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Solving Linear Equations

Bill Hanlon

The strategy for solving linear equations in one variable is to put the variables on one side of the equals sign and the numbers on the other side ­ by OPPOSITE OPERATION. Before we get into solving equations, let's look at a gift wrapping analogy. When a present is wrapped, it is placed in a box, the cover put on, the box is wrapped in paper, and finally a ribbon is added to complete the project. To get the present out of the box, everything would be done in reverse order, performing the OPPOSITE OPERATION. That is first we would take off the ribbon, take the paper off, take the cover off, and finally take the present out of the box. We will learn to solve equations in the ax + b = c format. That requires that we "undo" an algebraic expression to isolate the variable. To accomplish this, we will use the Order of Operations in reverse, using the opposite operation is isolate the variable. Order of Operations From Left to Right in this order 1. Grouping 2. Exponentials 3. Multiply / Divide 4. Add / Subtract

EXAMPLE:

Solve for x; 4x ­ 2 = 10

Notice the problem is in the ax + b = c format. To solve the equation, we have to undo the expression 4x ­ 2 by using the Order of Operations in reverse and using the OPPOSITE OPERATION. That means we have to get rid of any addition or subtraction first. How do you get rid of a minus 2? 4x ­ 2 = 10 4x ­ 2 + 2 = 10 + 2 4x = 12 Now, how do we get rid of a multiplication by 4? That's right, divide by 4. Therefore, x=3 The nice thing about math is I can never make the problems more difficult, I can only make them longer. By making longer problems look like shorter problems we have already solved, math becomes a real blast. The best strategy to use to solve linear equation is to rewrite equations you don't recognize in the ax + b = c format. To accomplish that, you identify the physical characteristics that make the problem look different than problems you solved, then using the Properties of real Numbers, you get rid of things. For instance, if an equation had parentheses, use the Distributive Property to get rid of them, then combine like terms to write the equation in ax + b = c format. If an equation had fractions, you'd multiply both sides by the common denominator to get rid of the fractions. As you learn to solve equations in algebra, you always take the equations you don't recognize and change them into the ax + b = c format ­ a format you know how to solve by using the Order of Operations in reverse using the opposite operation. You will use the ax + b = c format when solving systems of equations, equations containing radicals or absolute value, and when you solve quadratic equations using the Zero product Property.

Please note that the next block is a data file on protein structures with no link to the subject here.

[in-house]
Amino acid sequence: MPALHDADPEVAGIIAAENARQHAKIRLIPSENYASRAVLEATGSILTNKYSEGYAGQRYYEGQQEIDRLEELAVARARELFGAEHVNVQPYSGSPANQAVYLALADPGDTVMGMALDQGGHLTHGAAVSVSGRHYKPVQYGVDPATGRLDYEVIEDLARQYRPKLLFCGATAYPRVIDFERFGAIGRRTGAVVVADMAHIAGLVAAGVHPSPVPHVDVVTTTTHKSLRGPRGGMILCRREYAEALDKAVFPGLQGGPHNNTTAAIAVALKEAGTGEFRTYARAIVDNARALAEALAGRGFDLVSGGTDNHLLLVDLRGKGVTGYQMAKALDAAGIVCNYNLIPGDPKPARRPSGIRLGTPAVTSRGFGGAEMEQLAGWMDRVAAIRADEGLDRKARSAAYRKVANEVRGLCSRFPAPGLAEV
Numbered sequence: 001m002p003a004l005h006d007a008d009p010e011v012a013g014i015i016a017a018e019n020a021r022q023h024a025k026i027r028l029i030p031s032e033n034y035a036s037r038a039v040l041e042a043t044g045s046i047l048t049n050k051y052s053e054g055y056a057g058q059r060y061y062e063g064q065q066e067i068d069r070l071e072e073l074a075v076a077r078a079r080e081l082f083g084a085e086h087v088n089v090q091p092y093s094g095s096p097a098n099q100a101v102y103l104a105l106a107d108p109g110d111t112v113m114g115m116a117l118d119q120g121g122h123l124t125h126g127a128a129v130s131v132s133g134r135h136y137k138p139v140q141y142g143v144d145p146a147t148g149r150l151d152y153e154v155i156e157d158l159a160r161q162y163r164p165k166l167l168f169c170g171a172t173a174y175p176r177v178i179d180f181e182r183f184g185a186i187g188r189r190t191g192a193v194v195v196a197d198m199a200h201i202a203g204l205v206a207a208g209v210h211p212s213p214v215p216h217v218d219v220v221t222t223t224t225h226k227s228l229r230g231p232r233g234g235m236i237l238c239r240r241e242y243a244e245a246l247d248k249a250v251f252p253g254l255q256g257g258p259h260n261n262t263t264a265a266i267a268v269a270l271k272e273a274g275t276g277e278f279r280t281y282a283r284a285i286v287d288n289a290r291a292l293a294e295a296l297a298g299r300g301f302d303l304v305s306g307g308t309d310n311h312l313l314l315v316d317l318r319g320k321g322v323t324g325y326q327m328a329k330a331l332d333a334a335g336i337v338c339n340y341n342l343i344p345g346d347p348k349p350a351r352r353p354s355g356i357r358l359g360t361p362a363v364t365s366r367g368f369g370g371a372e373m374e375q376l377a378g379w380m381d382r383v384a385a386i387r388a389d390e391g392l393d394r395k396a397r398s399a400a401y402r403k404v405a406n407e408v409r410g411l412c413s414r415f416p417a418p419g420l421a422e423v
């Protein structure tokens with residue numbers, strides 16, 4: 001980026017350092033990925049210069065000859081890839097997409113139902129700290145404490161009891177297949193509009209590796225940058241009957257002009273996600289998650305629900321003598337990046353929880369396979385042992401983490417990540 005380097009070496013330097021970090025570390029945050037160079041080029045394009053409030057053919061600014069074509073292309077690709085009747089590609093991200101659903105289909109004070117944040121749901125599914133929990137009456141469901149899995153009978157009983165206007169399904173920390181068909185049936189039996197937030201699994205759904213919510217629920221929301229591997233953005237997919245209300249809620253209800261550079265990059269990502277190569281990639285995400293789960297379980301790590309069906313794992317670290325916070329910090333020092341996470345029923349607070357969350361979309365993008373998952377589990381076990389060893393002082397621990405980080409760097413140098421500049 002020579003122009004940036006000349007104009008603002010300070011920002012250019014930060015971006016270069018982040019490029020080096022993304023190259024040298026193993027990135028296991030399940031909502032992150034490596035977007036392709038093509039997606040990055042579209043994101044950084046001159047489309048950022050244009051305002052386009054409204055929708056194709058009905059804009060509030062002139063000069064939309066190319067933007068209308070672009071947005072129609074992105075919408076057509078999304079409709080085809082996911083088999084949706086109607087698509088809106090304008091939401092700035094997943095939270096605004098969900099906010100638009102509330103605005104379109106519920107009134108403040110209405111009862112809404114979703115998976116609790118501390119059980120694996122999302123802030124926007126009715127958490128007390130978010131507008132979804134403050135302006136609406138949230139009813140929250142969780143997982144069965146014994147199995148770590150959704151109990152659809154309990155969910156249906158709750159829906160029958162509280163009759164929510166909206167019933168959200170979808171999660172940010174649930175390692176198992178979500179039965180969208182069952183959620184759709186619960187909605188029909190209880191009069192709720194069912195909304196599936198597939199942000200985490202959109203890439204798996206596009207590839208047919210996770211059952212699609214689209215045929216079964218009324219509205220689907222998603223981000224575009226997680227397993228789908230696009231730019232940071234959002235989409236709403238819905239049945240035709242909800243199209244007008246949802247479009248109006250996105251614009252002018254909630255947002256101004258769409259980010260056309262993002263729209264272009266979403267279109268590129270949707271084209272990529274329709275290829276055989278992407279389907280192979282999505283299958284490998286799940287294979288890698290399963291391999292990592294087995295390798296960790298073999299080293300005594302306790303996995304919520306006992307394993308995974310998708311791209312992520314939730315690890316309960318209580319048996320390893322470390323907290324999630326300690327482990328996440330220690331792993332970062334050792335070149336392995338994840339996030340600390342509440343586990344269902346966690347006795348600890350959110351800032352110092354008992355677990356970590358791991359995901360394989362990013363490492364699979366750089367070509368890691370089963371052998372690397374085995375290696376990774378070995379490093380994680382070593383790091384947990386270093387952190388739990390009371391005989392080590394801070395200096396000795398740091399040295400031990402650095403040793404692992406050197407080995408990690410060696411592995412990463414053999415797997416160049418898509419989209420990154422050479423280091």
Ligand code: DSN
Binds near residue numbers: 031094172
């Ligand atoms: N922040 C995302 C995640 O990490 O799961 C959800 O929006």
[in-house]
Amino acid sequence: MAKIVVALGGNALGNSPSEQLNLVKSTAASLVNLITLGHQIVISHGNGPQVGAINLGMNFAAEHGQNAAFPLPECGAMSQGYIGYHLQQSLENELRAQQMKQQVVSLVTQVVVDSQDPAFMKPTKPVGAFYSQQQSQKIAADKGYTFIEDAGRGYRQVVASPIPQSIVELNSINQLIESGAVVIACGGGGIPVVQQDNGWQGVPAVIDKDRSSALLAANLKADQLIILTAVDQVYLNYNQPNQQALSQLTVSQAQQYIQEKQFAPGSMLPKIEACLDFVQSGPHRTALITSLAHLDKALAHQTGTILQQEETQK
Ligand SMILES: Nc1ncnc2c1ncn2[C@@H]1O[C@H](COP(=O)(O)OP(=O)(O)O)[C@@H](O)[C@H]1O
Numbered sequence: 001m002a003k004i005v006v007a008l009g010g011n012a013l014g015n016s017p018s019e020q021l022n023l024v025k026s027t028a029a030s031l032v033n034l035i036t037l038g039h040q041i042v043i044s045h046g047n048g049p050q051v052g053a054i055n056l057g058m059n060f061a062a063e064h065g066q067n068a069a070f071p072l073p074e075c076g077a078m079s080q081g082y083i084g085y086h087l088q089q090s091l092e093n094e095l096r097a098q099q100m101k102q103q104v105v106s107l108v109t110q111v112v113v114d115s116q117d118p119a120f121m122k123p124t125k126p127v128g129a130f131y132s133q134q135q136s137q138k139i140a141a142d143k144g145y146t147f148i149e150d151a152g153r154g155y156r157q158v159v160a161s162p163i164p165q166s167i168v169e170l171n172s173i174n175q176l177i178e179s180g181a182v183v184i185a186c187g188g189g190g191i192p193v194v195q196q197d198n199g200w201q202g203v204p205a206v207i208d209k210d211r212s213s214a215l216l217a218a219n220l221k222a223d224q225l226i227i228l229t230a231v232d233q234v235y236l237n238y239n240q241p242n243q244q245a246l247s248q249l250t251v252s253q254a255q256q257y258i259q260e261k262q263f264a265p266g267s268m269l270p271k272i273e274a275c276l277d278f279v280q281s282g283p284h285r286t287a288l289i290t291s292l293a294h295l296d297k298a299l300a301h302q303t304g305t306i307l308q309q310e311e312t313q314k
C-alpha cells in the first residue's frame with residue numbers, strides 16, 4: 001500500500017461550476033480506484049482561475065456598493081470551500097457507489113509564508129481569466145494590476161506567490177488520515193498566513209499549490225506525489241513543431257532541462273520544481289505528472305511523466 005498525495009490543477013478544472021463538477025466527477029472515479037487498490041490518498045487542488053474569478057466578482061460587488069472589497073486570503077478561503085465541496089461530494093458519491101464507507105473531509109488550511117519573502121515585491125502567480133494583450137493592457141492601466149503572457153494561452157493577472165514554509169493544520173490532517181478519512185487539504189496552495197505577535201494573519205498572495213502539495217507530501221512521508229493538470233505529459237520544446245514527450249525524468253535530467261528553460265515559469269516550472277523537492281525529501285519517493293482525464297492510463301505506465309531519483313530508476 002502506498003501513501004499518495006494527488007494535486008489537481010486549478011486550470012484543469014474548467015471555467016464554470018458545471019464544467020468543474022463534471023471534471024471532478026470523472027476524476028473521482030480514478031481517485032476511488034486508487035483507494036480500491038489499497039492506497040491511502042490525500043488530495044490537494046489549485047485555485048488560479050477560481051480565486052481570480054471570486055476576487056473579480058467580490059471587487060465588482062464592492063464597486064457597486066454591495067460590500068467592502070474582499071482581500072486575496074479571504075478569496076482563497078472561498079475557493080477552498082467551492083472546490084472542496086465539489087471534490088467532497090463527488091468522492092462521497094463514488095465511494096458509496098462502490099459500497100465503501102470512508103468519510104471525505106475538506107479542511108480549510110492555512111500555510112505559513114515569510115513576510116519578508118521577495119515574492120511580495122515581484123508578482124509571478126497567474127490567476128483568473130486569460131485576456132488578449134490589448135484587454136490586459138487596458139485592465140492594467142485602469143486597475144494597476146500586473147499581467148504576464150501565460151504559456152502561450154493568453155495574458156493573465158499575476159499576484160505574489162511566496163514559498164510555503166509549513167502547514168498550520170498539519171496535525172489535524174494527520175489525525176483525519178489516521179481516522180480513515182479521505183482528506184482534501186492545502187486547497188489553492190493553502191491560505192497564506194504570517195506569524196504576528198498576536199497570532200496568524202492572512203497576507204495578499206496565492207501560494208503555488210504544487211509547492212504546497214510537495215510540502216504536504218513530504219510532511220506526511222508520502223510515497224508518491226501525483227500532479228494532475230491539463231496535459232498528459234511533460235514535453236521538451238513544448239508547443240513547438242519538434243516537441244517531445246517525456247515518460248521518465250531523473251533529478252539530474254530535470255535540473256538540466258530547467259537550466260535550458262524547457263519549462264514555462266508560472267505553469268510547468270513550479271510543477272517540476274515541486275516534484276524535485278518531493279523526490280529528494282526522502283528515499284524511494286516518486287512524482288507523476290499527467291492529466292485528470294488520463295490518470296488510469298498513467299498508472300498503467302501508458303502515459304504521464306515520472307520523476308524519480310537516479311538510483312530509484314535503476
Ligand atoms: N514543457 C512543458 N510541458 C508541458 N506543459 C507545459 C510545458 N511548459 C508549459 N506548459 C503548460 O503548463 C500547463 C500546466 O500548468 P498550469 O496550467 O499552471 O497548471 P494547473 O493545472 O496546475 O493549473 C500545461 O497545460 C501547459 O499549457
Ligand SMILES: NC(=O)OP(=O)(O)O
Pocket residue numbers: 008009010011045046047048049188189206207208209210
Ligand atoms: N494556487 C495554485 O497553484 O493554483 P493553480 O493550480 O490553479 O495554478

Tape 2

Hanlonmath.com © 1997 Mathematical Systems, Inc.

800.218.5482

This next example looks a lot longer than our first example, but our goal is to rewrite the equation in the Ax + b = c format. To do that, we need to get rid of parentheses using the Distributive Property EXAMPLE: 5(x + 2) ­ 3 = 27

Getting rid of the parentheses and combining like terms, we have 5x + 10 ­ 3 = 27 5x + 7 = 27 Now, the problem is in the ax + b = c format. Use the Order of Operations in reverse using the opposite operation to undo the expression. Do you have any additions or subtractions? How do you get rid of a +7? 5x + 7 ­ 7 = 27 ­ 7 5x = 20 How do you get rid of the multiplication by 5? Divide both sides by 5. x=4

Tape 2

Hanlonmath.com © 1997 Mathematical Systems, Inc.

800.218.5482

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